It's no surprise that the NSA and GCHQ have invested in a number of different digital surveillance efforts, but the widespread campaigns have shocked critics. The GCHQ is under increased pressure to ensure journalists' emails are protected, as confidentiality is important - despite government skepticism.
Once again, SplashData have released their annual list of compiled stolen passwords made public throughout the year of 2014, once again showing that people really don't put much thought, time or effort into protecting their own security.
If your password is anything like these below, please change it immediately for your own safety. It's nice to see these users really confusing hackers and 'changing it up' by pushing '12345' up 17 places to a number three placing - it's definitely going to confuse those nasty criminals from guessing the old '123456' code that was set.
Government agencies in the United States and UK increasingly rely on wide-scale surveillance programs, in their efforts to collect intelligence. It's not uncommon for politicians and department heads to claim efforts are designed to prevent terrorism, which is the line being used by a former high-level spy from the UK.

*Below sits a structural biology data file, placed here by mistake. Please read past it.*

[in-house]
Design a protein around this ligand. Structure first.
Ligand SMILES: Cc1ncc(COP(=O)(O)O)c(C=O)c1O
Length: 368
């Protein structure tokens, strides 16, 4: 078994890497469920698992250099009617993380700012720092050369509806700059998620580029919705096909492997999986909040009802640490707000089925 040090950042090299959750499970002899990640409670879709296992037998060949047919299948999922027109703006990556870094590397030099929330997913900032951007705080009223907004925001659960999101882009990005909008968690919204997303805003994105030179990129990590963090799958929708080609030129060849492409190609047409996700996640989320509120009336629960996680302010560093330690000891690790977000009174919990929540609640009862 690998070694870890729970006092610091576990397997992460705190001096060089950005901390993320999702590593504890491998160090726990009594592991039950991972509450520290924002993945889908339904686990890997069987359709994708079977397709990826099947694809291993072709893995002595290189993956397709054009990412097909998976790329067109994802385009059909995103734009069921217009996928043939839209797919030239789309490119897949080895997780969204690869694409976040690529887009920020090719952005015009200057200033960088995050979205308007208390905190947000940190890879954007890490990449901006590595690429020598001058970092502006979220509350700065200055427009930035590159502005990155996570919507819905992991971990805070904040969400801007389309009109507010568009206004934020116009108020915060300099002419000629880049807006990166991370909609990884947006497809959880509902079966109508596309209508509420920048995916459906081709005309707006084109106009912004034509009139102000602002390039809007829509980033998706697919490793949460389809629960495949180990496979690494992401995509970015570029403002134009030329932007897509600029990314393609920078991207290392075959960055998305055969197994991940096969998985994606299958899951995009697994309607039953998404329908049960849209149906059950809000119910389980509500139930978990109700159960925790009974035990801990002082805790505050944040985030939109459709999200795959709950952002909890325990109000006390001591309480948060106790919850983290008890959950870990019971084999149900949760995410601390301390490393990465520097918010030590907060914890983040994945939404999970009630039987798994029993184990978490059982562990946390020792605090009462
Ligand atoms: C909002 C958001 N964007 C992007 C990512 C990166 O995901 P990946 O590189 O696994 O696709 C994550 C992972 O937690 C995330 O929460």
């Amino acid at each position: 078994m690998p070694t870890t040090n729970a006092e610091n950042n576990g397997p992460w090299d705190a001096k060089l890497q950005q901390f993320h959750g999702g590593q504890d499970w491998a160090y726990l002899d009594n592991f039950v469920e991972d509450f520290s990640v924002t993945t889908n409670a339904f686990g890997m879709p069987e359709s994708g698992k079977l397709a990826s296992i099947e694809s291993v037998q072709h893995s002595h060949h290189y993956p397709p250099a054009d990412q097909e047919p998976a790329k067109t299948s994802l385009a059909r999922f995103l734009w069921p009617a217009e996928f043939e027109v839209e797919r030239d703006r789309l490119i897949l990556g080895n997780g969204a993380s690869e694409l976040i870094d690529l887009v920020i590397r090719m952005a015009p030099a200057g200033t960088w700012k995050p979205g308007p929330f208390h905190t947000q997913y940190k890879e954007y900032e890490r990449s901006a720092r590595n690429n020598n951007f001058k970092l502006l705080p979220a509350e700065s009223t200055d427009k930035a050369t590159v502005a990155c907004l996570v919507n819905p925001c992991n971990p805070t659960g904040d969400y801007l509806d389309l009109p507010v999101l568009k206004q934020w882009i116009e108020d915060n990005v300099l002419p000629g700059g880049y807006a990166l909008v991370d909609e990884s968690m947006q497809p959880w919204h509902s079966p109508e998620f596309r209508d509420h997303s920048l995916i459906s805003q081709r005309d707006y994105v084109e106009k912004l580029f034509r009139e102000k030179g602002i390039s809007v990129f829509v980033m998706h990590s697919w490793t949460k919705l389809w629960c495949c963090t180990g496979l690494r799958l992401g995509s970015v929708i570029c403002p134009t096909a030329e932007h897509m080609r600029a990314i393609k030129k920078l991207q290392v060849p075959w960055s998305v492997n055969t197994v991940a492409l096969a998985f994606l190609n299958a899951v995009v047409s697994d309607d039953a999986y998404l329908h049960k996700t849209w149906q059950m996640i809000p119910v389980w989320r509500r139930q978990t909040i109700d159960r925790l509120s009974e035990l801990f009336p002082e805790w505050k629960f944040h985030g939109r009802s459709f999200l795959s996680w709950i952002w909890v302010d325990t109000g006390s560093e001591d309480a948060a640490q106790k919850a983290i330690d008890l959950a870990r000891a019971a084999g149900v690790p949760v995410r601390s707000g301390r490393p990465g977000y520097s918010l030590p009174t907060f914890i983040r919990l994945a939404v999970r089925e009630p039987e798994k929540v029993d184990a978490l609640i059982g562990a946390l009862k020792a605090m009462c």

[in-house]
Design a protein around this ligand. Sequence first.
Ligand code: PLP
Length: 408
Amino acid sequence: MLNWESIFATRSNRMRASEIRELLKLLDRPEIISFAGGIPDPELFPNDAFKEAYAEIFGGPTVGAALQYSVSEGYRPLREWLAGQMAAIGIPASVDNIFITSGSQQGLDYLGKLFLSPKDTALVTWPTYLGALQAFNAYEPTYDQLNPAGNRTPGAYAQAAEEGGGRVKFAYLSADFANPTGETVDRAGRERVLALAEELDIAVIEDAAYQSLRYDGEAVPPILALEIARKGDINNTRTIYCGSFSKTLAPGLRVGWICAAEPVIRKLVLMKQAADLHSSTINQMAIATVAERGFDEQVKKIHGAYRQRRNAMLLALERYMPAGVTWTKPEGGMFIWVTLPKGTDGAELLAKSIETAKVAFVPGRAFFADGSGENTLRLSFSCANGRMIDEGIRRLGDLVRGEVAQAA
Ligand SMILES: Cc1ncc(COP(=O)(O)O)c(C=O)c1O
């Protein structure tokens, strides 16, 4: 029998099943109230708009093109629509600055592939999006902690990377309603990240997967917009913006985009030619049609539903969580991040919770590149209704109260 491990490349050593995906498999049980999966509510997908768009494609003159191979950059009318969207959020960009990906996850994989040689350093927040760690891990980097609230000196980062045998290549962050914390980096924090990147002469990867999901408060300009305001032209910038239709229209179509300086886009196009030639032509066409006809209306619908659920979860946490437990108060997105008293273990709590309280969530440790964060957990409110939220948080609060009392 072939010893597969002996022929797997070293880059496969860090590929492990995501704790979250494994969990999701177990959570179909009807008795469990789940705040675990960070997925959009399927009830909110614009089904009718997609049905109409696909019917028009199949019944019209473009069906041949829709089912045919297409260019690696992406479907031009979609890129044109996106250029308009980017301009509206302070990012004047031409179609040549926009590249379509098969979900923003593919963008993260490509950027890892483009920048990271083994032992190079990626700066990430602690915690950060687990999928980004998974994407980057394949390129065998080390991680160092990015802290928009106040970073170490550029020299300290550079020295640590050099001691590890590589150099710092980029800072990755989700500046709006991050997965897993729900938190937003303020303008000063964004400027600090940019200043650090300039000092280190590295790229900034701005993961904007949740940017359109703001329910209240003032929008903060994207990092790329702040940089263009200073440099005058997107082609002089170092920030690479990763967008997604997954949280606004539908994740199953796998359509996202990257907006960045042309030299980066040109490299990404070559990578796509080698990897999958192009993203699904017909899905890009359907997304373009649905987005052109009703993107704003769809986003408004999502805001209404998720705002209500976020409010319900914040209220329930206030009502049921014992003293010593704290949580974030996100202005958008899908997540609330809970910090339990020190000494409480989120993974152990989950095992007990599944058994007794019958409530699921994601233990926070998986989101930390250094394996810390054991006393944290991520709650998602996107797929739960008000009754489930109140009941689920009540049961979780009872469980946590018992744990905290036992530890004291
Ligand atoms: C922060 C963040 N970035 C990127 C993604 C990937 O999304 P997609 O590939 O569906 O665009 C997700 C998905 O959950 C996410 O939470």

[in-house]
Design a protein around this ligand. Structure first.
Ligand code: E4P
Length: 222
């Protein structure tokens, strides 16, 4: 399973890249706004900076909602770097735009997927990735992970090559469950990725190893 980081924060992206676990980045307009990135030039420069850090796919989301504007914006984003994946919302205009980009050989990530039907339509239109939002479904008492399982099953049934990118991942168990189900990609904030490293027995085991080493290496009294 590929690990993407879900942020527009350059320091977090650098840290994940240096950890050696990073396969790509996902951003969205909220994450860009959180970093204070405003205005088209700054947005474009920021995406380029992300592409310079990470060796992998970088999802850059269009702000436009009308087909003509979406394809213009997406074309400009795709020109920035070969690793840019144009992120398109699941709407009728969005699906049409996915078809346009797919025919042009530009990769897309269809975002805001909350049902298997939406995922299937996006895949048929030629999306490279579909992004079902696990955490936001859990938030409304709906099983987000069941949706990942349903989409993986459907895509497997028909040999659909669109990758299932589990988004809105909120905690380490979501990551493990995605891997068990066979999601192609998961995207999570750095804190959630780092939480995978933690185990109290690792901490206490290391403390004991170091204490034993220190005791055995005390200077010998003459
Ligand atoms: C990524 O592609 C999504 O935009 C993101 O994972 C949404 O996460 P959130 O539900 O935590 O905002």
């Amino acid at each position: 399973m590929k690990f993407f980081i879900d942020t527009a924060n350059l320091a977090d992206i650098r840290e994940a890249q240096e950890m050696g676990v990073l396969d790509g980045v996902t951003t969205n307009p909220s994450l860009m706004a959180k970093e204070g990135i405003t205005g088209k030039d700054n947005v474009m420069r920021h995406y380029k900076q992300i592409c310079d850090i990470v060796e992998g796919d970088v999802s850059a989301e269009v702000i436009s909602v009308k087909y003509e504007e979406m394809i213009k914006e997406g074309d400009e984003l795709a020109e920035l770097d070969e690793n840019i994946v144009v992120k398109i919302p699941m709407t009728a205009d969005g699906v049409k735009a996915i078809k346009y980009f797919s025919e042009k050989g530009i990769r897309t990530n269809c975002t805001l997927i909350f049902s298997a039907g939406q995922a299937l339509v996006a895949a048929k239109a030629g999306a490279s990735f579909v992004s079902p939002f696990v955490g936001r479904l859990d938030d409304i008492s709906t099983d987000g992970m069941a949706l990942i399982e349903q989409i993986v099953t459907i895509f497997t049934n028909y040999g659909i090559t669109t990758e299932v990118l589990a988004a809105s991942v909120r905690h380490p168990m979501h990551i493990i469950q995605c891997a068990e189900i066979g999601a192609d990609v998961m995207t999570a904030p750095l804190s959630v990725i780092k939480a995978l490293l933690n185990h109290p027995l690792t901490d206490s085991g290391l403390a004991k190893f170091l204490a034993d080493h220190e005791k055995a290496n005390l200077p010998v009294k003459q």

"There needs to be some new compact between the technology companies and those who are responsible for security if we're not to see events like we saw in Paris last week... becoming more and more features of our lives," said John Sawers, former head of the Secret Intelligence Service, in a statement published by BBC.
British elections take place in May, and national security is expected to be a major political talking point.
SplashData has published its list of the most common passwords used on the Internet, compiling data mainly from Internet users in North America and Western Europe. The top 10 worst passwords, per the SplashData list: 123456, password, 12345, 12345678, 1234, baseball, dragon, football.
Simple numerical passwords remain common, with nine of the top 25 passwords consisting of numbers only. However, passwords such as "iloveyou" have disappeared, which was prevalent on the 2013 list, has dropped from the top 25 list for 2014.